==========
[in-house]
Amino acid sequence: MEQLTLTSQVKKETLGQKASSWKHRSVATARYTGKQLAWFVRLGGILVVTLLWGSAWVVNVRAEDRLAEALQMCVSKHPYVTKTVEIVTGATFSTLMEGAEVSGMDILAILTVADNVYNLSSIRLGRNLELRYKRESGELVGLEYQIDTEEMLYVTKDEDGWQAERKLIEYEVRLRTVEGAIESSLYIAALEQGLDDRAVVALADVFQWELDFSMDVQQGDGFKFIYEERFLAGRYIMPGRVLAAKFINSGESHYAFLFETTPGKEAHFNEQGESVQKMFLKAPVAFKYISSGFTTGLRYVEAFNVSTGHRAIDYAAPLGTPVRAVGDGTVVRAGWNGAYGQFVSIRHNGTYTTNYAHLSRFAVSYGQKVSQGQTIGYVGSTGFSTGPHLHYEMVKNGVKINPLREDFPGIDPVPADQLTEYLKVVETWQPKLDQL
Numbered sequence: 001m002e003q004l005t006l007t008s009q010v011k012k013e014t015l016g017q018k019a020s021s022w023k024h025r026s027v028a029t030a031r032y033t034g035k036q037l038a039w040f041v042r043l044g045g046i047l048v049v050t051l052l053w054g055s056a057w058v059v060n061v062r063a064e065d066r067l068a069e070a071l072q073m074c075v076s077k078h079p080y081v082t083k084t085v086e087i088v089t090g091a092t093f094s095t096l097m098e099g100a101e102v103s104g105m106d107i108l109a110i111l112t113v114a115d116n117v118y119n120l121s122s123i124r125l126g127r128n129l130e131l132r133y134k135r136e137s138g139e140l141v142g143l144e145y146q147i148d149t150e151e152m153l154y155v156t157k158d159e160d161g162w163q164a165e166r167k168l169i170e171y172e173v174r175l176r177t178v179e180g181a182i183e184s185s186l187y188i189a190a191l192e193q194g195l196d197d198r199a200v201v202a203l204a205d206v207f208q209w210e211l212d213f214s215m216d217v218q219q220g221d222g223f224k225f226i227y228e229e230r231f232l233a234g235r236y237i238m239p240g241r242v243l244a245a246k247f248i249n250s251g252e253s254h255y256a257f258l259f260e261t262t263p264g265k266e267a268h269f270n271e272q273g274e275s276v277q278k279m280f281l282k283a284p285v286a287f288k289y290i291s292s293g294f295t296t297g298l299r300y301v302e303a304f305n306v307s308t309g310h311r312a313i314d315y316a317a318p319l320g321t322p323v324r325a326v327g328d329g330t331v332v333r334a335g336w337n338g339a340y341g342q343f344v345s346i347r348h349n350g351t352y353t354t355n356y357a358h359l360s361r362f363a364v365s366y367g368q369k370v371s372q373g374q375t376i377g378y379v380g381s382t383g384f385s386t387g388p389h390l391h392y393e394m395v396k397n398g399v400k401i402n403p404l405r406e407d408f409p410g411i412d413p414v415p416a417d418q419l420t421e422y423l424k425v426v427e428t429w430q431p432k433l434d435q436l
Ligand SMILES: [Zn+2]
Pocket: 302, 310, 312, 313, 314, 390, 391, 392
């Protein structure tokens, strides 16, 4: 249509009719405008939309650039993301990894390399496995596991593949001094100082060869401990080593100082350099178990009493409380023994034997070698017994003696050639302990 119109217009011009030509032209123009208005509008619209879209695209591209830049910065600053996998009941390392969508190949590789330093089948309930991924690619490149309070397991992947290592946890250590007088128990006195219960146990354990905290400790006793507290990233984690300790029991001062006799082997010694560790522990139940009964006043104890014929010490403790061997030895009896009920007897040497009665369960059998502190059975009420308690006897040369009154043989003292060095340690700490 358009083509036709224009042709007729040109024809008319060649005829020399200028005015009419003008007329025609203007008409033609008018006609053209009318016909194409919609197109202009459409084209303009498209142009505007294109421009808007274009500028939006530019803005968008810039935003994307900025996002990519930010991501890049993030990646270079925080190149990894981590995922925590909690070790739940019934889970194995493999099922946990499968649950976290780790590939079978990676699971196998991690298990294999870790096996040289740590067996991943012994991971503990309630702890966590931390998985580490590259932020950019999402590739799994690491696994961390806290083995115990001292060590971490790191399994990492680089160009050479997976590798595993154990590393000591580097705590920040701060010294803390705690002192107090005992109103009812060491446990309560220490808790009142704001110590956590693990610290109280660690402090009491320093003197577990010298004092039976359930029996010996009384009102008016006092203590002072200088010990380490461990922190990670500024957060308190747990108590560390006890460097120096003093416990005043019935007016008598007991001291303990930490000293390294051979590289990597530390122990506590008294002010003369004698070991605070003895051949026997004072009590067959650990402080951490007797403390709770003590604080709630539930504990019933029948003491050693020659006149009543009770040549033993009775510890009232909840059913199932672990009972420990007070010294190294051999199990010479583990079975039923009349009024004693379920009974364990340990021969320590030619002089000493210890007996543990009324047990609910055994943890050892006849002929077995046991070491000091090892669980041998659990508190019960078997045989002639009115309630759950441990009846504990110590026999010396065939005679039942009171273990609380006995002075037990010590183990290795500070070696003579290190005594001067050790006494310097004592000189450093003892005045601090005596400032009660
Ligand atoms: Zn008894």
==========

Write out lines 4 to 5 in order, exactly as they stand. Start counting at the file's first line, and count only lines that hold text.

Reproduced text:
Ligand SMILES: [Zn+2]
Pocket: 302, 310, 312, 313, 314, 390, 391, 392